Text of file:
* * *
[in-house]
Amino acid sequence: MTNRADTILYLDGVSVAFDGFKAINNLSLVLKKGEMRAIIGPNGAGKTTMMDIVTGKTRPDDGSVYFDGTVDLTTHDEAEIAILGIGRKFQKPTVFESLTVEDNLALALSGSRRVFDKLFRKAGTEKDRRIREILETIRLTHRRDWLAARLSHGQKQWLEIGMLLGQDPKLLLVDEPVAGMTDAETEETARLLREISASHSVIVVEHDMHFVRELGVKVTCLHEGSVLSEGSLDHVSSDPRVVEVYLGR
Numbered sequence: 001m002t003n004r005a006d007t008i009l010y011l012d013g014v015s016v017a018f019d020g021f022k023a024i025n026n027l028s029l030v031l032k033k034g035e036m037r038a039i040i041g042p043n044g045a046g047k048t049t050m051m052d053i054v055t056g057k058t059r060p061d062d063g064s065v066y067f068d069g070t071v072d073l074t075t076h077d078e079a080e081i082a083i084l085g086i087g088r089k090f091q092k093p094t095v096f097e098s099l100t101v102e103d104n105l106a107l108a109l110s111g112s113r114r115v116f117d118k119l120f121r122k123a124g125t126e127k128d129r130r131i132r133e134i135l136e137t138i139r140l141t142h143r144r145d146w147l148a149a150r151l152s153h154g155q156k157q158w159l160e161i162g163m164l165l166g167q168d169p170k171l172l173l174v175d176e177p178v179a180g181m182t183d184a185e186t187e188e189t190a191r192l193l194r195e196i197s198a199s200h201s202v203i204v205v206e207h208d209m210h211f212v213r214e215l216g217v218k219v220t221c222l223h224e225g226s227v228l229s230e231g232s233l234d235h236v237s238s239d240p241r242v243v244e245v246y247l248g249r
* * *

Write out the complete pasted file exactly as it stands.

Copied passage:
[in-house]
Amino acid sequence: MTNRADTILYLDGVSVAFDGFKAINNLSLVLKKGEMRAIIGPNGAGKTTMMDIVTGKTRPDDGSVYFDGTVDLTTHDEAEIAILGIGRKFQKPTVFESLTVEDNLALALSGSRRVFDKLFRKAGTEKDRRIREILETIRLTHRRDWLAARLSHGQKQWLEIGMLLGQDPKLLLVDEPVAGMTDAETEETARLLREISASHSVIVVEHDMHFVRELGVKVTCLHEGSVLSEGSLDHVSSDPRVVEVYLGR
Numbered sequence: 001m002t003n004r005a006d007t008i009l010y011l012d013g014v015s016v017a018f019d020g021f022k023a024i025n026n027l028s029l030v031l032k033k034g035e036m037r038a039i040i041g042p043n044g045a046g047k048t049t050m051m052d053i054v055t056g057k058t059r060p061d062d063g064s065v066y067f068d069g070t071v072d073l074t075t076h077d078e079a080e081i082a083i084l085g086i087g088r089k090f091q092k093p094t095v096f097e098s099l100t101v102e103d104n105l106a107l108a109l110s111g112s113r114r115v116f117d118k119l120f121r122k123a124g125t126e127k128d129r130r131i132r133e134i135l136e137t138i139r140l141t142h143r144r145d146w147l148a149a150r151l152s153h154g155q156k157q158w159l160e161i162g163m164l165l166g167q168d169p170k171l172l173l174v175d176e177p178v179a180g181m182t183d184a185e186t187e188e189t190a191r192l193l194r195e196i197s198a199s200h201s202v203i204v205v206e207h208d209m210h211f212v213r214e215l216g217v218k219v220t221c222l223h224e225g226s227v228l229s230e231g232s233l234d235h236v237s238s239d240p241r242v243v244e245v246y247l248g249r